Concern grows for inmates in state prison system
Movie mogul Harvey Weinstein, who was sentenced to 23 years in prison for rape and sexual assault, has been diagnosed with the coronavirus, according to a story first published in the Niagara Gazette. Weinstein is in the Wende Correctional Facility in western New York. The news comes as advocates for prisoner rights are asking the state for a plan to protect inmates from getting the virus.
Khalil Cumberbatch is a prisoners’ rights advocate with New Yorkers United for Justice and a former inmate of New York state prisons, where he served 6 ½ years. He said prisons are not set up for social distancing.
“Unlike society, people cannot social distance,” said Cumberbatch, who added the prisons are “jam-packed.”
“People are literally on top of each other,” he said.
Some inmates are housed in bunk beds in dormitory-style spaces and share a bathroom.
And Cumberbatch said health care is “nonexistent.”
Cumberbatch and other advocates are urging Gov. Andrew Cuomo to come up with a comprehensive plan now to contain the virus within the prisons. They say otherwise, the disease could spread like “wildfire” and also endanger guards and other staff.
Over three dozen inmates at Rikers Island have tested positive for the virus. A staff member at Sing Sing prison is also sick, along with one person at the Nassau County Jail. A correctional officer has already died of the disease.
The groups would also like to see a temporary moratorium on jailing people for minor parole violations, move nonviolent offenders to other sites to reduce the density in the prisons, and move elderly or immune-compromised inmates to home confinement instead.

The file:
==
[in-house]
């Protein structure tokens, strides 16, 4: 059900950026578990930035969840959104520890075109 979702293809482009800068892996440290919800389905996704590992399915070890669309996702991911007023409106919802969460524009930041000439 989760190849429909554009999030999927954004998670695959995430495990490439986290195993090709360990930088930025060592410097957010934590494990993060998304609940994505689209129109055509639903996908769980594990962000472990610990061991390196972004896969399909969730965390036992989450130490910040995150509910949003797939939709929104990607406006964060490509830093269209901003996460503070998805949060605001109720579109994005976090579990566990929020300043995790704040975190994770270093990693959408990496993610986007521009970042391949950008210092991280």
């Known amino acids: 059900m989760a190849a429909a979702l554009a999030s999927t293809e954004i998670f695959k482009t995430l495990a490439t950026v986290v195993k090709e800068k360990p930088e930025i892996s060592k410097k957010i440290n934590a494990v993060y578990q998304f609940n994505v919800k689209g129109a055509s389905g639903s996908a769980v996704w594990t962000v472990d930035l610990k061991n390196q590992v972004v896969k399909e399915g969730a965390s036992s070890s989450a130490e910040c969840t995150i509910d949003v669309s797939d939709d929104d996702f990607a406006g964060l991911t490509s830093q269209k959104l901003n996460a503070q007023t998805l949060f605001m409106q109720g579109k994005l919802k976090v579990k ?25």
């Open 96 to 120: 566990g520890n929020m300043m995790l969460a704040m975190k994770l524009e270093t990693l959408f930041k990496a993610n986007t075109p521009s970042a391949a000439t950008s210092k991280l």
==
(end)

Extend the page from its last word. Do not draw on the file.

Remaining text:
They also want prisoners now employed making hand sanitizers and other health supplies to be paid overtime wages.
“It’s a civil rights issue, a human rights issue and humanitarian issue,” said Mark Morial, president of the National Urban League.
Cuomo was asked over the weekend about making plans for protecting prisoners from the virus, said he’s watching the situation “very closely.”
“We don’t have a significant issue yet of spread in the prison system,” Cuomo said. “If we have a problem, we’ll address it. But we don’t have that problem yet.”
Visitors are barred from the state’s prisons until at least April 11 under rules adopted by the state Department of Corrections on March 14. There’s a temporary halt to taking in prisoners from county jails, and all internal transfers of inmates have been halted, expect for medical or disciplinary reasons. And a ban on the use of hand sanitizers by inmates has been lifted.
An official at the department of corrections said the department is preparing by reviewing protocol and checking emergency supplies, and they have medical staff that is trained in infection control.
On Monday, Cuomo said his administration is looking at whether to release elderly and sick prisoners.
“It’s something we’re looking at, yes,” Cuomo said.
Advocates said the state needs to act quickly; they say, “literally, lives are at stake.”
The states of California, Ohio and Texas are already releasing some prisoners to prevent a major outbreak in their prisons. And there’s pressure on New York City to release prisoners as well.